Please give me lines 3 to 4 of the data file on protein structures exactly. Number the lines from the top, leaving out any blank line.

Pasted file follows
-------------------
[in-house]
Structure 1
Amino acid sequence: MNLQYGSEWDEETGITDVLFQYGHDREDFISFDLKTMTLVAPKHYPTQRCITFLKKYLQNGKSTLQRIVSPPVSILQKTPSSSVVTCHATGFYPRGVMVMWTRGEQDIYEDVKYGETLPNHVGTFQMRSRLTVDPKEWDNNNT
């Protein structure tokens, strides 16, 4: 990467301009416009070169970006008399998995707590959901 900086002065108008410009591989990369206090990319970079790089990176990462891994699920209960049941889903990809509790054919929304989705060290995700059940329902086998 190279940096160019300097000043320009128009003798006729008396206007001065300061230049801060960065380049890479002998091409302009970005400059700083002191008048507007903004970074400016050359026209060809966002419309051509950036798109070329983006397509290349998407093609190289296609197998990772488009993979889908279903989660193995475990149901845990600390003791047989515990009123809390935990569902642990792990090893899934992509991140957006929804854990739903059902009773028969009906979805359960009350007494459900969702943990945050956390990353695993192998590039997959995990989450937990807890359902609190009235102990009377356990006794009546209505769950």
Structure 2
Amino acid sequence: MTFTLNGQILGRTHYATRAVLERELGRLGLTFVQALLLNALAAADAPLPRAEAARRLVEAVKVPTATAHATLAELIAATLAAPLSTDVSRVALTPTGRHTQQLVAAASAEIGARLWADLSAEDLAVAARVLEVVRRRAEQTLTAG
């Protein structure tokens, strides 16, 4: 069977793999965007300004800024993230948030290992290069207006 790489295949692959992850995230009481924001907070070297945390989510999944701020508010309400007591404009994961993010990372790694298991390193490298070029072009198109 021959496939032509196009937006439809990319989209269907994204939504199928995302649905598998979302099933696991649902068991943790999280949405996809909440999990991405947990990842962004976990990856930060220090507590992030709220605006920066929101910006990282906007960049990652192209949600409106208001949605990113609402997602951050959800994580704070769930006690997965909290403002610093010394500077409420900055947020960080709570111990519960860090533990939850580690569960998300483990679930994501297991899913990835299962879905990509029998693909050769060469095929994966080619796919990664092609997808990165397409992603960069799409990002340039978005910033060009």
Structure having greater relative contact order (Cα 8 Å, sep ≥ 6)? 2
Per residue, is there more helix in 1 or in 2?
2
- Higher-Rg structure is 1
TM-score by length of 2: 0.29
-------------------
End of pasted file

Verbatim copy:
Amino acid sequence: MNLQYGSEWDEETGITDVLFQYGHDREDFISFDLKTMTLVAPKHYPTQRCITFLKKYLQNGKSTLQRIVSPPVSILQKTPSSSVVTCHATGFYPRGVMVMWTRGEQDIYEDVKYGETLPNHVGTFQMRSRLTVDPKEWDNNNT
């Protein structure tokens, strides 16, 4: 990467301009416009070169970006008399998995707590959901 900086002065108008410009591989990369206090990319970079790089990176990462891994699920209960049941889903990809509790054919929304989705060290995700059940329902086998 190279940096160019300097000043320009128009003798006729008396206007001065300061230049801060960065380049890479002998091409302009970005400059700083002191008048507007903004970074400016050359026209060809966002419309051509950036798109070329983006397509290349998407093609190289296609197998990772488009993979889908279903989660193995475990149901845990600390003791047989515990009123809390935990569902642990792990090893899934992509991140957006929804854990739903059902009773028969009906979805359960009350007494459900969702943990945050956390990353695993192998590039997959995990989450937990807890359902609190009235102990009377356990006794009546209505769950």